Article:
Alphabetical Movie – The Hustler

I’ll bet that most people I know haven’t seen The Hustler.

Oh, they’ve heard of the film.  I’m sure they have.  Heck, many of them have seen the sequel, The Color of Money but they have never felt the need to visit the original film for reasons that have more to do with laziness than actual lack of interest.

There is that subset, though, that puzzles me.  It is the subset that won’t watch a movie because it is in black and white.  I’ve never understood what color would add to certain films that would make them more watchable.  In fact, I’ve often thought that removal of color from certain films would make them more visually interesting.

Obviously some films need color – they depend on it.  Pleasantville is an obvious example.  Others use color because it is now much cheaper to make a film in color than it is to make it in black and white.

Yet, I think about a film like The Man Who Wasn’t There and the rich black and white cinematography in that film and I can’t help but wonder – would Dark City have been better in black and white?  The Road to Perdition?  The Untouchables?

Black and white can be a viable artistic choice (as it was in Schindler’s List) but it is almost never a viable commercial choice.  Audiences simply don’t want to see films that are not in color and entirely valid artistic choice almost always ends up costing the producer a lot of money.

Classic black and white films suffer from this bias against their lack of color more than modern films, I think.  The statement “I don’t like black and white films” is considered, at least by the people saying it, as a completely valid argument for why they won’t watch Casablanca.

It is as if black and white is a genre.  Instead of saying you don’t like horror films, you say that you don’t like films in black and white and presume I’m supposed to accept the latter in the same manner than I would the former.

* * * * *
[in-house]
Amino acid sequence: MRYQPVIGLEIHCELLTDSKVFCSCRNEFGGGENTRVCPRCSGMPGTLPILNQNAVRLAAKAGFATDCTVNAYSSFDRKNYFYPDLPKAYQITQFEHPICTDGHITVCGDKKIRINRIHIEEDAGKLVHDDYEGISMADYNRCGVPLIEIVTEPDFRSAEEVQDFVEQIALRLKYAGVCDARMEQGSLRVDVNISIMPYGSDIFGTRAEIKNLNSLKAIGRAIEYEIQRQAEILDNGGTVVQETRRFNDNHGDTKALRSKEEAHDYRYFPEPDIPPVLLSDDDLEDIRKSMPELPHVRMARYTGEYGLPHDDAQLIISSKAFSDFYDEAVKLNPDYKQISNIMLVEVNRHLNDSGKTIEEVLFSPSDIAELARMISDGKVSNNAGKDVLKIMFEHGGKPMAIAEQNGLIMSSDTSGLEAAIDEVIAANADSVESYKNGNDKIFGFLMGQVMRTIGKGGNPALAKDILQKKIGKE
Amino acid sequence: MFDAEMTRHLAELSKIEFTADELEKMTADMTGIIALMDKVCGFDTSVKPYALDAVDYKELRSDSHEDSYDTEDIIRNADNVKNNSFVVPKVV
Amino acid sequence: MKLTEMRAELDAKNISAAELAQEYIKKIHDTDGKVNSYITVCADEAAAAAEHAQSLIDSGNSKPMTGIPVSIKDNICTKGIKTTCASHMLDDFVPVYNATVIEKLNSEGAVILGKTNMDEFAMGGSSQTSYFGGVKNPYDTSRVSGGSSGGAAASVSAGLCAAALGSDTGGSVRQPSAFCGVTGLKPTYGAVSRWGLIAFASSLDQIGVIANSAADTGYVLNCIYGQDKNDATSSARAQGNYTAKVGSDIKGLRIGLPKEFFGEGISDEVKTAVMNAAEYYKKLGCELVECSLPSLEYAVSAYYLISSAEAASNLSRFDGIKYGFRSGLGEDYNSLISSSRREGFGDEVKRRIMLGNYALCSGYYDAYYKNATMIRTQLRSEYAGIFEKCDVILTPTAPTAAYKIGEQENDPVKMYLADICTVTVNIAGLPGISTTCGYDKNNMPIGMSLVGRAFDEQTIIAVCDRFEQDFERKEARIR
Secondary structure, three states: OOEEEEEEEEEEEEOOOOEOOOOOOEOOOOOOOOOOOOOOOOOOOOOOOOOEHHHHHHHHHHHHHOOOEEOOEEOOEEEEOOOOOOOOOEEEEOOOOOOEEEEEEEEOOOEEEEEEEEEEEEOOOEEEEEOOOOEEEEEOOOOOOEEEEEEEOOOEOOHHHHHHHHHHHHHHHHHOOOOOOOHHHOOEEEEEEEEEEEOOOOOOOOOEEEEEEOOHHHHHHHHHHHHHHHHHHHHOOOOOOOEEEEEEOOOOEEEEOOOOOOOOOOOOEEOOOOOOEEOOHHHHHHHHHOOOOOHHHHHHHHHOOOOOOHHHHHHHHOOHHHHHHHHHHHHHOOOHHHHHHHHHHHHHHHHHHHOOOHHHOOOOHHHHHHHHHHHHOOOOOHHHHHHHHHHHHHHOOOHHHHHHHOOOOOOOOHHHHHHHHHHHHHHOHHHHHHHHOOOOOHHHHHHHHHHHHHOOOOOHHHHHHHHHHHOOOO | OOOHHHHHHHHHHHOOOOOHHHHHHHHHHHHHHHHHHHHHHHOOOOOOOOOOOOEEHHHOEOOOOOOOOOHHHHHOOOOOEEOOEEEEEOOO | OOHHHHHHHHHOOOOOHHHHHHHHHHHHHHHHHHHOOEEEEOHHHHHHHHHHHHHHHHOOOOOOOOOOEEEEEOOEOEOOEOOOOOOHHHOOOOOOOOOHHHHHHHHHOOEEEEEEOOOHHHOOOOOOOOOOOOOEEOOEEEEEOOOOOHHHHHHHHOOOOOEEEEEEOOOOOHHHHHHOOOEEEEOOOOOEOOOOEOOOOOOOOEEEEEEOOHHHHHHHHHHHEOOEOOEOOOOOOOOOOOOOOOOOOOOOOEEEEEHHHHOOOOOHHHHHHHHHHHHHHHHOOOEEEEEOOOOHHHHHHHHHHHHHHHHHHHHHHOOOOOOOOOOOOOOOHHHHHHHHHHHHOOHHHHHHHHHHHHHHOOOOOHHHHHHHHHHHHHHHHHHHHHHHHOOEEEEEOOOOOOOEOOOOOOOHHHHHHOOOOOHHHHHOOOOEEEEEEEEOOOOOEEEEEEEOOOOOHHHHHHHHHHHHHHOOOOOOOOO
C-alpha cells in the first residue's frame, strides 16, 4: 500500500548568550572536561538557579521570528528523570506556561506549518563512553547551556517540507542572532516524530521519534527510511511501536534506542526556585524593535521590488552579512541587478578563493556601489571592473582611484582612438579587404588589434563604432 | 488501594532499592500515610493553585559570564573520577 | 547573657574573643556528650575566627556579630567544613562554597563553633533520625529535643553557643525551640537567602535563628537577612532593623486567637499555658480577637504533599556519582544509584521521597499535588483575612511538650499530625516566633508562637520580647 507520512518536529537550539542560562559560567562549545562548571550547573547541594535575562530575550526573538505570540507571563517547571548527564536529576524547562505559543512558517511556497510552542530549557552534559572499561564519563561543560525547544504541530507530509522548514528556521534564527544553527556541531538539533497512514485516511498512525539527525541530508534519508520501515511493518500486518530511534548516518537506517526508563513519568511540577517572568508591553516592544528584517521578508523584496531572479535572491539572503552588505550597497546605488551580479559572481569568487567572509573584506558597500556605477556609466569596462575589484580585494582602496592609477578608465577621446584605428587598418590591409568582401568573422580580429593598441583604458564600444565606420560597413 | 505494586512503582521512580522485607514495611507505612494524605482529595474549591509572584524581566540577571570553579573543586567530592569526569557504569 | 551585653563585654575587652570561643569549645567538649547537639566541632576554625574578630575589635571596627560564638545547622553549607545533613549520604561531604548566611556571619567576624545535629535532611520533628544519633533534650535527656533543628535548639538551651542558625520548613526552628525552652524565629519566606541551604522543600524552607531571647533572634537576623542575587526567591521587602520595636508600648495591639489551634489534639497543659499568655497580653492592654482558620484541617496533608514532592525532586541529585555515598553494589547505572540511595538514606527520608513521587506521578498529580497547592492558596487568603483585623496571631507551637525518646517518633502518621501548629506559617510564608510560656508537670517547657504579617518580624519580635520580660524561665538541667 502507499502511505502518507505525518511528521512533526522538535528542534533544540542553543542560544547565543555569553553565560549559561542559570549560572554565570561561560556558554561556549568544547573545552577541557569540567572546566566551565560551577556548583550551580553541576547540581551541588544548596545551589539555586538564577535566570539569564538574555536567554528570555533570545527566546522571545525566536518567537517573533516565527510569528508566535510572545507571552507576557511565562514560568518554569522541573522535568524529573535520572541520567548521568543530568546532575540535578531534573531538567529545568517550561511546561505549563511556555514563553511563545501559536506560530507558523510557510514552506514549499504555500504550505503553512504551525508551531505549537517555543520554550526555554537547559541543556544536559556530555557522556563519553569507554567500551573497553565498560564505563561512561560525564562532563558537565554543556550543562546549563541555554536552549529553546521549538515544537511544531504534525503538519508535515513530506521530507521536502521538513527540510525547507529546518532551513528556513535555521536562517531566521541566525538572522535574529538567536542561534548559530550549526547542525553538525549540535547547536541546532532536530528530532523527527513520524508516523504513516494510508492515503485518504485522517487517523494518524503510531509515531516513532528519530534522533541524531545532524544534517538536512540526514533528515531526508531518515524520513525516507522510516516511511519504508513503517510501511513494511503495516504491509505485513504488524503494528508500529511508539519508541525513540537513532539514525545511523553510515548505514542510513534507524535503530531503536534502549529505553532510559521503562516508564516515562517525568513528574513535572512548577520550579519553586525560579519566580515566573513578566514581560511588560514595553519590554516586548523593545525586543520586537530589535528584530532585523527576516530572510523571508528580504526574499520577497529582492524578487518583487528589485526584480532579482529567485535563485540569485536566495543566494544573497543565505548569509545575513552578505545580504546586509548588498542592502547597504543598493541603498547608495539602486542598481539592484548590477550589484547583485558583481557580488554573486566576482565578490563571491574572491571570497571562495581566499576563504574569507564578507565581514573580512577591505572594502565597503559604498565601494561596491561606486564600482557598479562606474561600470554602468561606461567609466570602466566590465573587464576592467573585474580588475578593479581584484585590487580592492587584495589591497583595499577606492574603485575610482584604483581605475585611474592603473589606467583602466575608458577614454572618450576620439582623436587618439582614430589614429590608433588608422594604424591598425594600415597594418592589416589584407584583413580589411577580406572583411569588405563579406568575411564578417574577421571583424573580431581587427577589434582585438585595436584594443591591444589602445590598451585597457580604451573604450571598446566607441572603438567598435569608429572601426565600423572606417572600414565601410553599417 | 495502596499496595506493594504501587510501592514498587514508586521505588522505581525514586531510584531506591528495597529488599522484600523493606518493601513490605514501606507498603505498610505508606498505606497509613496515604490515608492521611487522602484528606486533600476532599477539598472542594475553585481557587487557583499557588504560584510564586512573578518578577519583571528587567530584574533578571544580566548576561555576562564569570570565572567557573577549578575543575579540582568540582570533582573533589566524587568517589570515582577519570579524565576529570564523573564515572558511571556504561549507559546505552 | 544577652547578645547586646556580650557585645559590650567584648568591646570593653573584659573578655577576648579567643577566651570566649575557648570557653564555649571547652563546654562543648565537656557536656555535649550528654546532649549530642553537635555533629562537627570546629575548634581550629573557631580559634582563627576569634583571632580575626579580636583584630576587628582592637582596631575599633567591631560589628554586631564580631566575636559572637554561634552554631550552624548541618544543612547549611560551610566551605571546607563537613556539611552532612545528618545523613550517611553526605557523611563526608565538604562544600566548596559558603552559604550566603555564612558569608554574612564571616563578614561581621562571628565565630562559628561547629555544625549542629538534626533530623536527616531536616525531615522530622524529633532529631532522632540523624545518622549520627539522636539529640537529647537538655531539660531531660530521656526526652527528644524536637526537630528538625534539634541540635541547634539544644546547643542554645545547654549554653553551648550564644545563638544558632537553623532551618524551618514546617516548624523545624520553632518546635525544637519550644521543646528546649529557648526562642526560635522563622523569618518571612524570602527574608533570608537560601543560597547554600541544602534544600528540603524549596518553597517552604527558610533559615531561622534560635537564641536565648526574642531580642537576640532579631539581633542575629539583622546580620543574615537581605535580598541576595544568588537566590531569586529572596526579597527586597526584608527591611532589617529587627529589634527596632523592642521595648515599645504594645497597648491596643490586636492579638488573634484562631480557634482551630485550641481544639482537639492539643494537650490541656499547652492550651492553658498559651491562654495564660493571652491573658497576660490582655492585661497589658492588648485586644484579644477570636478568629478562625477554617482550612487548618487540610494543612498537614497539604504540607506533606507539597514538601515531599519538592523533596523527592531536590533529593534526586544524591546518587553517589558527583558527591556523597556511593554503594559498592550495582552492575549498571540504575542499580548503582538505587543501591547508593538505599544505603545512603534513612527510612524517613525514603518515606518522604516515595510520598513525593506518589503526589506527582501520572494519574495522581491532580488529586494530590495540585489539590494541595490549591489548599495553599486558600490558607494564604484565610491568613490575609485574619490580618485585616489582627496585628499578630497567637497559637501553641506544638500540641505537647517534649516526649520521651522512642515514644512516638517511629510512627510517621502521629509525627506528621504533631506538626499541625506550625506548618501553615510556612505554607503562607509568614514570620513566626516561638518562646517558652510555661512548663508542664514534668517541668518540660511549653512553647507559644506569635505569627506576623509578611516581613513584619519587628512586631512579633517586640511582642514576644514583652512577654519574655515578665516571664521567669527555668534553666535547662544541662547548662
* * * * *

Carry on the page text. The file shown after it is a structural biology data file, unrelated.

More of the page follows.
I could give the black and white hater a list of a dozen films that are great movies no matter what color film stock was used and they would tell me that they don’t like them.  The odds that they actually watched any of them?  Pretty low.

It is a bias based entirely on the idea that color will allow a filmmaker to do a better job of telling a story.  That bias is correct just often enough to support their prejudice.

Ask someone to explain why they don’t like black and white and my guess would be they really don’t have an explanation.  They just don’t like it.

It’s OK to just not like something, I guess.  But if you don’t know why you don’t like something, shouldn’t you at least take a little time to understand what it is that turns you off?  Better yet, shouldn’t you take some time to explore those things you claim you don’t like to see if just maybe your lack of a reason has more to do with a lack of familiarity than it does with anything inherently wrong with them?

It is important to remember that The Hustler is in black and white on purpose.  The didn’t have to make it that way in the 1960’s.  They could have made it in color.  They didn’t.

And they made a good choice.  Rather than saying that the movie would be better in color, I think one should watch it to learn why the people making it decided (correctly) that it would be better in black and white.

About Petsnakereggie

Geek, movie buff, dad, musician, comedian, atheist, liberal and writer. I also really like Taco flavored Doritos.

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